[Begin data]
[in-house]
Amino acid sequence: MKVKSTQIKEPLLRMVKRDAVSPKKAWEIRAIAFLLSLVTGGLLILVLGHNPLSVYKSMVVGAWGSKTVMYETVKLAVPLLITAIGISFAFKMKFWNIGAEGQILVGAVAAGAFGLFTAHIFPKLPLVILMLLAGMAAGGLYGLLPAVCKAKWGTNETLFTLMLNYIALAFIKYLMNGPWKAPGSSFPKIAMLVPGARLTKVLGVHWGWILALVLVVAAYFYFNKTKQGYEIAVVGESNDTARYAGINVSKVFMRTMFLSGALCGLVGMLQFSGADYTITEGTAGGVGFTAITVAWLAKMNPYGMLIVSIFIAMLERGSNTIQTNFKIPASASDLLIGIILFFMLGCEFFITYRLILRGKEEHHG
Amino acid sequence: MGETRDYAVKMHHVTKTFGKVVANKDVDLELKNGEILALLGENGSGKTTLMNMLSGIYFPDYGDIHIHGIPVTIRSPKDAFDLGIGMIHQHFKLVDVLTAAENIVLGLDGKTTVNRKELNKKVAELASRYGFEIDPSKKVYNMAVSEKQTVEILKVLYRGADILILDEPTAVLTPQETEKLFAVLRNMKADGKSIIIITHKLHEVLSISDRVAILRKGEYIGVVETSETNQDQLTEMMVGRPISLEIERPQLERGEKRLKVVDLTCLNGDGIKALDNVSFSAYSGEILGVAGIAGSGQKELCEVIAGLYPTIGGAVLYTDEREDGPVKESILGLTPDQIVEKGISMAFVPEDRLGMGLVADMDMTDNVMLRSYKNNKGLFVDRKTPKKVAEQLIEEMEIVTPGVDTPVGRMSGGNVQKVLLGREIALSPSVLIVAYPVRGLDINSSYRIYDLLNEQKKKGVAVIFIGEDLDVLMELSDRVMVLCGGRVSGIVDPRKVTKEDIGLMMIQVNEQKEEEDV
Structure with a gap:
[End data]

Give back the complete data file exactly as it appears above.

[in-house]
Amino acid sequence: MKVKSTQIKEPLLRMVKRDAVSPKKAWEIRAIAFLLSLVTGGLLILVLGHNPLSVYKSMVVGAWGSKTVMYETVKLAVPLLITAIGISFAFKMKFWNIGAEGQILVGAVAAGAFGLFTAHIFPKLPLVILMLLAGMAAGGLYGLLPAVCKAKWGTNETLFTLMLNYIALAFIKYLMNGPWKAPGSSFPKIAMLVPGARLTKVLGVHWGWILALVLVVAAYFYFNKTKQGYEIAVVGESNDTARYAGINVSKVFMRTMFLSGALCGLVGMLQFSGADYTITEGTAGGVGFTAITVAWLAKMNPYGMLIVSIFIAMLERGSNTIQTNFKIPASASDLLIGIILFFMLGCEFFITYRLILRGKEEHHG
Amino acid sequence: MGETRDYAVKMHHVTKTFGKVVANKDVDLELKNGEILALLGENGSGKTTLMNMLSGIYFPDYGDIHIHGIPVTIRSPKDAFDLGIGMIHQHFKLVDVLTAAENIVLGLDGKTTVNRKELNKKVAELASRYGFEIDPSKKVYNMAVSEKQTVEILKVLYRGADILILDEPTAVLTPQETEKLFAVLRNMKADGKSIIIITHKLHEVLSISDRVAILRKGEYIGVVETSETNQDQLTEMMVGRPISLEIERPQLERGEKRLKVVDLTCLNGDGIKALDNVSFSAYSGEILGVAGIAGSGQKELCEVIAGLYPTIGGAVLYTDEREDGPVKESILGLTPDQIVEKGISMAFVPEDRLGMGLVADMDMTDNVMLRSYKNNKGLFVDRKTPKKVAEQLIEEMEIVTPGVDTPVGRMSGGNVQKVLLGREIALSPSVLIVAYPVRGLDINSSYRIYDLLNEQKKKGVAVIFIGEDLDVLMELSDRVMVLCGGRVSGIVDPRKVTKEDIGLMMIQVNEQKEEEDV
Structure with a gap: